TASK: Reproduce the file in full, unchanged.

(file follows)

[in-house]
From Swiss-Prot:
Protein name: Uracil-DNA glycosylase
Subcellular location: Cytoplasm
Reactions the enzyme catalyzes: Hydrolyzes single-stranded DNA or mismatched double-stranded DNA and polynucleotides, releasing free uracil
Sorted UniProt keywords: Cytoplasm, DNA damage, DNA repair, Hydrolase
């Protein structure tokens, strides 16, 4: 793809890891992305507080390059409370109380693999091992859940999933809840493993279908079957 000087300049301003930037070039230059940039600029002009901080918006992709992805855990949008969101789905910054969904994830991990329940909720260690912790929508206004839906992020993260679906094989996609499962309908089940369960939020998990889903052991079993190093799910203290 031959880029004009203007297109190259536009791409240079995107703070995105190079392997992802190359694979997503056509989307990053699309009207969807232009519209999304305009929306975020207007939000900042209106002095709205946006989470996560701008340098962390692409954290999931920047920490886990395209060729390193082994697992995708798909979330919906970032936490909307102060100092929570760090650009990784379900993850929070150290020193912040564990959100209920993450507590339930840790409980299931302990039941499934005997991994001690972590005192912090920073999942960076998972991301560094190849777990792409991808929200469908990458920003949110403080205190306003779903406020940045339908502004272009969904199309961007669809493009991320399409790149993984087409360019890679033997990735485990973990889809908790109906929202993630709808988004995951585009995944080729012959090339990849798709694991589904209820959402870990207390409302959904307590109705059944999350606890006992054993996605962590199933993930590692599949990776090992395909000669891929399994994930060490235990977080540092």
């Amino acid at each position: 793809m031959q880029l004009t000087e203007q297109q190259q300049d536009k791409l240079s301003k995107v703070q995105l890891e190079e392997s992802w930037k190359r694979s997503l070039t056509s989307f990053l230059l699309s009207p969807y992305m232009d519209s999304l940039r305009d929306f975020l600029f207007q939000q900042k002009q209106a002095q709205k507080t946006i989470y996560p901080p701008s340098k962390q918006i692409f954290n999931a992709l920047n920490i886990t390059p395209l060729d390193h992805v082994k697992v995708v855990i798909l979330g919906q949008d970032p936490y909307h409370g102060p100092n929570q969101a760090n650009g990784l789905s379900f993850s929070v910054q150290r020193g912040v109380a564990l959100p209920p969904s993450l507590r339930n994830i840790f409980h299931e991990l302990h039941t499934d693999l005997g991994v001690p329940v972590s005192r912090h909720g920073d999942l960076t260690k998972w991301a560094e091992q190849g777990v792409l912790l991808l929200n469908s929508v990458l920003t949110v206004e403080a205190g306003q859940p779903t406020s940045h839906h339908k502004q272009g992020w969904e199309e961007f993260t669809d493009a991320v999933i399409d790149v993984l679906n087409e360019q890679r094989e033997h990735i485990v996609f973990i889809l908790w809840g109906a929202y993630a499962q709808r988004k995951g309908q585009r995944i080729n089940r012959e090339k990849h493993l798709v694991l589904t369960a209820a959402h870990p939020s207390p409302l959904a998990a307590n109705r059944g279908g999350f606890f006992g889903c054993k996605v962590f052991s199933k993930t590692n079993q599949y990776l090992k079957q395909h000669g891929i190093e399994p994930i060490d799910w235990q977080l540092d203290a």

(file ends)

[in-house]
From Swiss-Prot:
Protein name: Uracil-DNA glycosylase
Subcellular location: Cytoplasm
Reactions the enzyme catalyzes: Hydrolyzes single-stranded DNA or mismatched double-stranded DNA and polynucleotides, releasing free uracil
Sorted UniProt keywords: Cytoplasm, DNA damage, DNA repair, Hydrolase
């Protein structure tokens, strides 16, 4: 793809890891992305507080390059409370109380693999091992859940999933809840493993279908079957 000087300049301003930037070039230059940039600029002009901080918006992709992805855990949008969101789905910054969904994830991990329940909720260690912790929508206004839906992020993260679906094989996609499962309908089940369960939020998990889903052991079993190093799910203290 031959880029004009203007297109190259536009791409240079995107703070995105190079392997992802190359694979997503056509989307990053699309009207969807232009519209999304305009929306975020207007939000900042209106002095709205946006989470996560701008340098962390692409954290999931920047920490886990395209060729390193082994697992995708798909979330919906970032936490909307102060100092929570760090650009990784379900993850929070150290020193912040564990959100209920993450507590339930840790409980299931302990039941499934005997991994001690972590005192912090920073999942960076998972991301560094190849777990792409991808929200469908990458920003949110403080205190306003779903406020940045339908502004272009969904199309961007669809493009991320399409790149993984087409360019890679033997990735485990973990889809908790109906929202993630709808988004995951585009995944080729012959090339990849798709694991589904209820959402870990207390409302959904307590109705059944999350606890006992054993996605962590199933993930590692599949990776090992395909000669891929399994994930060490235990977080540092």
């Amino acid at each position: 793809m031959q880029l004009t000087e203007q297109q190259q300049d536009k791409l240079s301003k995107v703070q995105l890891e190079e392997s992802w930037k190359r694979s997503l070039t056509s989307f990053l230059l699309s009207p969807y992305m232009d519209s999304l940039r305009d929306f975020l600029f207007q939000q900042k002009q209106a002095q709205k507080t946006i989470y996560p901080p701008s340098k962390q918006i692409f954290n999931a992709l920047n920490i886990t390059p395209l060729d390193h992805v082994k697992v995708v855990i798909l979330g919906q949008d970032p936490y909307h409370g102060p100092n929570q969101a760090n650009g990784l789905s379900f993850s929070v910054q150290r020193g912040v109380a564990l959100p209920p969904s993450l507590r339930n994830i840790f409980h299931e991990l302990h039941t499934d693999l005997g991994v001690p329940v972590s005192r912090h909720g920073d999942l960076t260690k998972w991301a560094e091992q190849g777990v792409l912790l991808l929200n469908s929508v990458l920003t949110v206004e403080a205190g306003q859940p779903t406020s940045h839906h339908k502004q272009g992020w969904e199309e961007f993260t669809d493009a991320v999933i399409d790149v993984l679906n087409e360019q890679r094989e033997h990735i485990v996609f973990i889809l908790w809840g109906a929202y993630a499962q709808r988004k995951g309908q585009r995944i080729n089940r012959e090339k990849h493993l798709v694991l589904t369960a209820a959402h870990p939020s207390p409302l959904a998990a307590n109705r059944g279908g999350f606890f006992g889903c054993k996605v962590f052991s199933k993930t590692n079993q599949y990776l090992k079957q395909h000669g891929i190093e399994p994930i060490d799910w235990q977080l540092d203290a």